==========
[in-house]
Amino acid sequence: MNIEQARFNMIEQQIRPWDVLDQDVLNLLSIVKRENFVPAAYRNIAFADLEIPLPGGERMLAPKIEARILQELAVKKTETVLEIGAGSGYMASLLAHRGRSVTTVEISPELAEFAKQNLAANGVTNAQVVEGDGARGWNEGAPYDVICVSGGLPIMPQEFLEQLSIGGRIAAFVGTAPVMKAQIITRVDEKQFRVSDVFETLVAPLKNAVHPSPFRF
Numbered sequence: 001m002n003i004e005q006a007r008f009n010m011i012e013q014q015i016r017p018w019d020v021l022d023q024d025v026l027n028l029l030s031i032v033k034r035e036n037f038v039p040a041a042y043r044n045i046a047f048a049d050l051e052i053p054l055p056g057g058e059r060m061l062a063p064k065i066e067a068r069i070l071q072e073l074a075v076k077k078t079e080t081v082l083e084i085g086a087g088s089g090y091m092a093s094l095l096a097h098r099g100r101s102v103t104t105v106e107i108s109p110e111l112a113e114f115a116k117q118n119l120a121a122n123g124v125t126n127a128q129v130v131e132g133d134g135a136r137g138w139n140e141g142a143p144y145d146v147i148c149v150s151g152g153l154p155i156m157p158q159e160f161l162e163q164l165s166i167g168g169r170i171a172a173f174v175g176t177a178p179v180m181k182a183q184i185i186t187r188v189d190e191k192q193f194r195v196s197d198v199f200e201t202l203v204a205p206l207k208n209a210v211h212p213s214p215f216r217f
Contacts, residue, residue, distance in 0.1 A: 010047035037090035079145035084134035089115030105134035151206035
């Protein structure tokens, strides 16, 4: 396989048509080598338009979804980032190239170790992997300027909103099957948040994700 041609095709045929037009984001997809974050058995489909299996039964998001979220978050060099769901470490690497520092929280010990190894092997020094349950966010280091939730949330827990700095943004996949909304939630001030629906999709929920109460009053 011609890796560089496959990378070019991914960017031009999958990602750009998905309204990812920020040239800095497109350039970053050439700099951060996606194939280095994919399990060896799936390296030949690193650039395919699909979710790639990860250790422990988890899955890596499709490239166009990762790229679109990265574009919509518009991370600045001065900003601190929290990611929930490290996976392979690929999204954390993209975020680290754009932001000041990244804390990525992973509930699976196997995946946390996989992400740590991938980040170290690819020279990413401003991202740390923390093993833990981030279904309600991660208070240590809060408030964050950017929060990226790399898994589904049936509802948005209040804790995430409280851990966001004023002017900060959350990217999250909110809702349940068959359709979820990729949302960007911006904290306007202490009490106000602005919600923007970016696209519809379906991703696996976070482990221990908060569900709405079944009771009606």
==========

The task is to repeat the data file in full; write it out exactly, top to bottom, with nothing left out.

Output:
[in-house]
Amino acid sequence: MNIEQARFNMIEQQIRPWDVLDQDVLNLLSIVKRENFVPAAYRNIAFADLEIPLPGGERMLAPKIEARILQELAVKKTETVLEIGAGSGYMASLLAHRGRSVTTVEISPELAEFAKQNLAANGVTNAQVVEGDGARGWNEGAPYDVICVSGGLPIMPQEFLEQLSIGGRIAAFVGTAPVMKAQIITRVDEKQFRVSDVFETLVAPLKNAVHPSPFRF
Numbered sequence: 001m002n003i004e005q006a007r008f009n010m011i012e013q014q015i016r017p018w019d020v021l022d023q024d025v026l027n028l029l030s031i032v033k034r035e036n037f038v039p040a041a042y043r044n045i046a047f048a049d050l051e052i053p054l055p056g057g058e059r060m061l062a063p064k065i066e067a068r069i070l071q072e073l074a075v076k077k078t079e080t081v082l083e084i085g086a087g088s089g090y091m092a093s094l095l096a097h098r099g100r101s102v103t104t105v106e107i108s109p110e111l112a113e114f115a116k117q118n119l120a121a122n123g124v125t126n127a128q129v130v131e132g133d134g135a136r137g138w139n140e141g142a143p144y145d146v147i148c149v150s151g152g153l154p155i156m157p158q159e160f161l162e163q164l165s166i167g168g169r170i171a172a173f174v175g176t177a178p179v180m181k182a183q184i185i186t187r188v189d190e191k192q193f194r195v196s197d198v199f200e201t202l203v204a205p206l207k208n209a210v211h212p213s214p215f216r217f
Contacts, residue, residue, distance in 0.1 A: 010047035037090035079145035084134035089115030105134035151206035
């Protein structure tokens, strides 16, 4: 396989048509080598338009979804980032190239170790992997300027909103099957948040994700 041609095709045929037009984001997809974050058995489909299996039964998001979220978050060099769901470490690497520092929280010990190894092997020094349950966010280091939730949330827990700095943004996949909304939630001030629906999709929920109460009053 011609890796560089496959990378070019991914960017031009999958990602750009998905309204990812920020040239800095497109350039970053050439700099951060996606194939280095994919399990060896799936390296030949690193650039395919699909979710790639990860250790422990988890899955890596499709490239166009990762790229679109990265574009919509518009991370600045001065900003601190929290990611929930490290996976392979690929999204954390993209975020680290754009932001000041990244804390990525992973509930699976196997995946946390996989992400740590991938980040170290690819020279990413401003991202740390923390093993833990981030279904309600991660208070240590809060408030964050950017929060990226790399898994589904049936509802948005209040804790995430409280851990966001004023002017900060959350990217999250909110809702349940068959359709979820990729949302960007911006904290306007202490009490106000602005919600923007970016696209519809379906991703696996976070482990221990908060569900709405079944009771009606």